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In April, a month after Japan’s biggest sex abuse scandal in the entertainment industry came to light, the talent agency under question belatedly established a whistleblower hotline that would allow victims to come forward.
The hotline, however, had a major flaw. It was only open to employees of Johnny & Associates, meaning the hundreds of self-employed young male entertainers who may have been abused by its late founder Johnny Kitagawa were not eligible to use the new mechanism to report their complaints.
This lack of an operational hotline is just one of many serious shortcomings in internal controls that allowed Kitagawa, a pioneer of the Asian boy band genre who died in 2019, to engage in sexual abuse since allegations first emerged in the 1950s, according to a panel of external experts that was commissioned by the agency.
But the Johnny incident, as well as a series of other recent corporate scandals, have laid bare the broader weakness of legal protections for whistleblowers in Japan, resulting in victims suffering in silence and corporate misconduct being overlooked for much longer than it should have been.
The continued absence of several safeguards, which are available in the US and Europe, contrasts with the pitches by Japanese companies to foreign investors that cite improved corporate governance as a reason to invest more money in the country.
However, the issue is rising up the agenda. Yutaka Arai, the commissioner for Japan’s consumer affairs agency, last week announced that it would conduct a hearing of 10,000 firms to investigate whether they had proper grievance mechanisms in place.
Japan revised its Whistleblower Protection Act in 2020, which expanded the scope of who would qualify as a whistleblower and mandated companies with more than 300 employees to set up internal reporting channels. The changes were important, but lawyers say the reforms do not go far enough.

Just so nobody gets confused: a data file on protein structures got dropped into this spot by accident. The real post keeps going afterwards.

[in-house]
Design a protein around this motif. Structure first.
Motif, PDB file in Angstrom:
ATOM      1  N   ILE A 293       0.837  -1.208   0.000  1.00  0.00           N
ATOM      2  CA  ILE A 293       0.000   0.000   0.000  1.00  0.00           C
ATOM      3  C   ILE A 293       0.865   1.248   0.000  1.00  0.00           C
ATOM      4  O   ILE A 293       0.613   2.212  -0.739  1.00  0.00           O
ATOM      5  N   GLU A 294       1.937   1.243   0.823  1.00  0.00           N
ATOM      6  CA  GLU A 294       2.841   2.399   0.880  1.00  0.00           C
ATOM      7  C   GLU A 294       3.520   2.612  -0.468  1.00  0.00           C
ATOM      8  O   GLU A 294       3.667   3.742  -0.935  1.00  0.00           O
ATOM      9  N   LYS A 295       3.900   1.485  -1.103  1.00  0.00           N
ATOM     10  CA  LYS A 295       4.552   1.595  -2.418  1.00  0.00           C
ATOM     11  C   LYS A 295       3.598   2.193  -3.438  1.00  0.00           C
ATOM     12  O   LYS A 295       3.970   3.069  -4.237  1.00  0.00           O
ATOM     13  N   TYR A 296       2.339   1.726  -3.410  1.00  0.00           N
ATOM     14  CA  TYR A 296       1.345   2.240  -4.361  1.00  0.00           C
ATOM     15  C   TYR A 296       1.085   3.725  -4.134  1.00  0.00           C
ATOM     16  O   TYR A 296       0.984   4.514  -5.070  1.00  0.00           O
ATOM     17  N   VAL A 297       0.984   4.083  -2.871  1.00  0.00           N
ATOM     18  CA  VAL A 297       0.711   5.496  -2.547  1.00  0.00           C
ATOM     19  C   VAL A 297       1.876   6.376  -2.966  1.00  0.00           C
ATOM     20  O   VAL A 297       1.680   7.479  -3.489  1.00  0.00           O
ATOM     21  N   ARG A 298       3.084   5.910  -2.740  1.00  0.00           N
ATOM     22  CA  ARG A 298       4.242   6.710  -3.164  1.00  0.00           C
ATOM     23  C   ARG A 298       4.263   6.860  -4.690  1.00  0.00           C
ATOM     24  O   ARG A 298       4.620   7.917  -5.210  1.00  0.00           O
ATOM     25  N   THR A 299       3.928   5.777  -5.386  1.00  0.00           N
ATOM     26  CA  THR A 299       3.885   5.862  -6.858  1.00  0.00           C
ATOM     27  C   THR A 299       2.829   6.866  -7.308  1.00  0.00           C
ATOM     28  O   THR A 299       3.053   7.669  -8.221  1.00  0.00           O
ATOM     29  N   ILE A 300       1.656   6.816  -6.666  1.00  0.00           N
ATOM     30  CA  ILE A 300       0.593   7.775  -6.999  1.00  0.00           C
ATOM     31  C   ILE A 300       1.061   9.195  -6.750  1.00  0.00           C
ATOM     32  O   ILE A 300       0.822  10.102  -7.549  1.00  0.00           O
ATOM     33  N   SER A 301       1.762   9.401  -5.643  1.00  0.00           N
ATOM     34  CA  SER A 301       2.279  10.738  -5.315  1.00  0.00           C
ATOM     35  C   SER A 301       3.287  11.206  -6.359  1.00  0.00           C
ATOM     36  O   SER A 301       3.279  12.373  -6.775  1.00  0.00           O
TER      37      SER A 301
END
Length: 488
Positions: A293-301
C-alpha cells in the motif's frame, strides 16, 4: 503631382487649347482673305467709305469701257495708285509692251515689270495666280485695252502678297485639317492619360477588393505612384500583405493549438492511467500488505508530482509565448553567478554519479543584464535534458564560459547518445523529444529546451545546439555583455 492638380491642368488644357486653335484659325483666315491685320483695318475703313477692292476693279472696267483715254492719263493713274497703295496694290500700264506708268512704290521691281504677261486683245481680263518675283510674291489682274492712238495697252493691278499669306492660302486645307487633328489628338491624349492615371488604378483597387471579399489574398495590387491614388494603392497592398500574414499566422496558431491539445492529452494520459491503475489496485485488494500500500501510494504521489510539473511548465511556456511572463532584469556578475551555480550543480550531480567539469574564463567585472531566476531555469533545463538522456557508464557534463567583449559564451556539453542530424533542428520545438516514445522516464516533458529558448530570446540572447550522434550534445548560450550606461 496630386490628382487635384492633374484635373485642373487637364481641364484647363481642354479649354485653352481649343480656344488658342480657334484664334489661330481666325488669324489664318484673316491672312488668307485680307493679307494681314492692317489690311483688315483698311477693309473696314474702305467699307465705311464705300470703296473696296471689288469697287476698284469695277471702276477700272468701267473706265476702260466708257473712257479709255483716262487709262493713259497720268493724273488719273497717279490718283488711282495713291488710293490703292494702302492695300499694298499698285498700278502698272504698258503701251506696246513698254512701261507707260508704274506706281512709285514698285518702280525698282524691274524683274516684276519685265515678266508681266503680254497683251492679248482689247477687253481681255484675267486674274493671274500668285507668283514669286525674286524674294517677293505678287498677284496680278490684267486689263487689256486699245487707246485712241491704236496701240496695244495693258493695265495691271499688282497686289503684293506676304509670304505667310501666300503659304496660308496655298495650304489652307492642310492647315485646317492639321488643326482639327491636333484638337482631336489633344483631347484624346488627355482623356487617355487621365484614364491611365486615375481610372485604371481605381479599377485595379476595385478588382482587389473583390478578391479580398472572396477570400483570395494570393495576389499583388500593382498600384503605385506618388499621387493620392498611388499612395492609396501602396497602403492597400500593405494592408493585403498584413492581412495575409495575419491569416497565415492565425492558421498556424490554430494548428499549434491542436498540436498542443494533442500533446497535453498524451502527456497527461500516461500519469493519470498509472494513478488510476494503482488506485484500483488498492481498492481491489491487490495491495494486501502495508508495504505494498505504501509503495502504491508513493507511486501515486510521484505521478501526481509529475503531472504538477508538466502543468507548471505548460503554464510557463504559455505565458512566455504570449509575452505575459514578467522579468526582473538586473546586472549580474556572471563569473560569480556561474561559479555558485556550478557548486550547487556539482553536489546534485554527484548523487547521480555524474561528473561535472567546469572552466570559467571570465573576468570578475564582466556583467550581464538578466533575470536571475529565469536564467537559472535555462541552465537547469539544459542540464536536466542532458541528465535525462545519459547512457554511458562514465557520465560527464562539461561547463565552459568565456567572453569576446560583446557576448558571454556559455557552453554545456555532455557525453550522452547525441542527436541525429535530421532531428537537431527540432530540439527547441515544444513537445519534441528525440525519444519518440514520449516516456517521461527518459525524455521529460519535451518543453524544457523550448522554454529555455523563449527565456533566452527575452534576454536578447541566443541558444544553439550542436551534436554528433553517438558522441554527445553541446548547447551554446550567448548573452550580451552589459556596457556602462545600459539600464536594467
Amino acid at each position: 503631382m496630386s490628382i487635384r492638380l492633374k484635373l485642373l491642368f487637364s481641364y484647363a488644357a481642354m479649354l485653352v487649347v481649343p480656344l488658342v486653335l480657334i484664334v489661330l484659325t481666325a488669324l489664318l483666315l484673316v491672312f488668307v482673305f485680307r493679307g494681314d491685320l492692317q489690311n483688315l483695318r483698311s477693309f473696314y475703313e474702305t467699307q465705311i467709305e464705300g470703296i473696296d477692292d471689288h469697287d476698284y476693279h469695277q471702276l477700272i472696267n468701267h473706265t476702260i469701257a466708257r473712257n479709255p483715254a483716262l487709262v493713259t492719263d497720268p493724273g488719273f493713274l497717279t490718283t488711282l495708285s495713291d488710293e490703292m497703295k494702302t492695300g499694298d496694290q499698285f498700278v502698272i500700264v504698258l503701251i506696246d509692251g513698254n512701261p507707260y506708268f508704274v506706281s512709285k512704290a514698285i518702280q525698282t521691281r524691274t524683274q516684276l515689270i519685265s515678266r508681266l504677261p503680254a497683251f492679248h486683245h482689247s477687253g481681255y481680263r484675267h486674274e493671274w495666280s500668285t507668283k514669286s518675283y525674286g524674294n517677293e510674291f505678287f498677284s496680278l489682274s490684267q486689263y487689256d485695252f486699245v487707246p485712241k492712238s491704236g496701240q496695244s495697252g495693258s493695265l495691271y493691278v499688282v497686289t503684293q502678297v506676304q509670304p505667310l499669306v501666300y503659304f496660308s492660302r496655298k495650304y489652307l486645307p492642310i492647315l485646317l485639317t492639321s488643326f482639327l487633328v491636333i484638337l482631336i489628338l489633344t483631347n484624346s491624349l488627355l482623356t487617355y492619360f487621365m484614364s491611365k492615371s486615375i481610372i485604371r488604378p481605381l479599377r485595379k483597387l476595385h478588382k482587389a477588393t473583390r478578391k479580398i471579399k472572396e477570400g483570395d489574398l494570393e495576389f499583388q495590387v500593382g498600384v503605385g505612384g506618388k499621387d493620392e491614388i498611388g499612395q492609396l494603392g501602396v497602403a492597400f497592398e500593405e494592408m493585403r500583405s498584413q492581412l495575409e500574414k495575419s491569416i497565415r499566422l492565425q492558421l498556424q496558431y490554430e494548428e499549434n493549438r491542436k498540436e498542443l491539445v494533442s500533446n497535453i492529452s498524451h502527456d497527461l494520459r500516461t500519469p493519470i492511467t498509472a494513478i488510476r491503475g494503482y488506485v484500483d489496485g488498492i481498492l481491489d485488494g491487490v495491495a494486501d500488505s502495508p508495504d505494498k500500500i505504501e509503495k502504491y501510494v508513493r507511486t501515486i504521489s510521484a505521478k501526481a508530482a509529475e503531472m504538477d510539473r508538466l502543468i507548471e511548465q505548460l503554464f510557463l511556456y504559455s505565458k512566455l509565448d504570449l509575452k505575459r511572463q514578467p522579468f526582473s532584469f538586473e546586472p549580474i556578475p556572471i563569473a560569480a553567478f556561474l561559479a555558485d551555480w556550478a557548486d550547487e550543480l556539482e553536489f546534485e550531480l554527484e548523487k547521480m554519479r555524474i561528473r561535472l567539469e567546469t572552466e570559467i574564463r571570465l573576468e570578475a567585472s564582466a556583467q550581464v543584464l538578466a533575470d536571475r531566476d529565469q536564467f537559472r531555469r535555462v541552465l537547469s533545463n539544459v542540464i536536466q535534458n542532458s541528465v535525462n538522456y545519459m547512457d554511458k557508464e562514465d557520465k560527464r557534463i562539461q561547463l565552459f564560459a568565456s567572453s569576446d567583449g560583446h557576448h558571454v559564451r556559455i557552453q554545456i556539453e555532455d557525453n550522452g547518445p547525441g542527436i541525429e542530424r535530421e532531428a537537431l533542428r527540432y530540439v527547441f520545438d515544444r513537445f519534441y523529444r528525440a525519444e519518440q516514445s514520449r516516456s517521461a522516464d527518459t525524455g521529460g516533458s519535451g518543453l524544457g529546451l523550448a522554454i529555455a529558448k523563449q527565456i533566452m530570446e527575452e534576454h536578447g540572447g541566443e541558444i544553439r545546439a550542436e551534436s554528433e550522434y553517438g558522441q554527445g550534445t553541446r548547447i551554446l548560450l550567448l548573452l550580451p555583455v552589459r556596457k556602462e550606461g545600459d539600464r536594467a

First, the definition of a whistleblower remains narrow. While the scope was expanded to include former employees and directors, it excludes those who are self-employed and families of employees as well as contractors and suppliers, which are all part of the EU’s rules.
Second, there are no criminal or administrative penalties against companies that retaliate against whistleblowers by firing or demoting individuals who report complaints. There are also no financial rewards for individuals who come forward as in the case of the US or South Korea. Those who face retaliation can take the case to court, but the process is time-consuming and the burden falls on the whistleblowers to gather evidence. As a result, the risks for employees often outweigh the benefits of reporting corporate misconduct. “Even with the revision, it hasn’t become easier to blow the whistle,” said Masato Nakamura, a lawyer and expert on whistleblower protections.
Under the revised law, the consumer affairs agency can issue mild administrative measures against companies that do not set up internal reporting mechanisms. The agency used its newly found mandate in September against Bigmotor, a chain of used car dealerships and repair shops, which recently admitted to inflating insurance claims by intentionally damaging cars brought in for servicing. The administrative order to report improvement measures came after a panel of external experts found the company had previously covered up a complaint made by repair staff to conceal its misconduct.
Still, Toshihiro Okuyama, professor at Sophia University, says the agency with its limited resources could exert more pressure on companies if it could carry out harder measures such as on-site inspections. If the internal hotline is not effective, it would be better if whistleblowers can take their case directly to the media, but that is also not easy in Japan.
Under the existing framework, the only financial penalties that can be imposed are against individuals who leak confidential information about the whistleblower but the sanctions do not extend to the company as a whole. “The reality is that there were hardly any cases where the Whistleblowers Protection Act was actually used,” Okuyama said.
One potential silver lining is that there is room to make further legal changes on penalties for retaliation as the 2020 Act is finalised in the next two years. In 2018, Keidanren, Japan’s most influential business lobby group, resisted introducing penalties against companies to strengthen whistleblower protections. That stance might be harder to maintain if the Kishida administration prioritises improving corporate governance and transparency.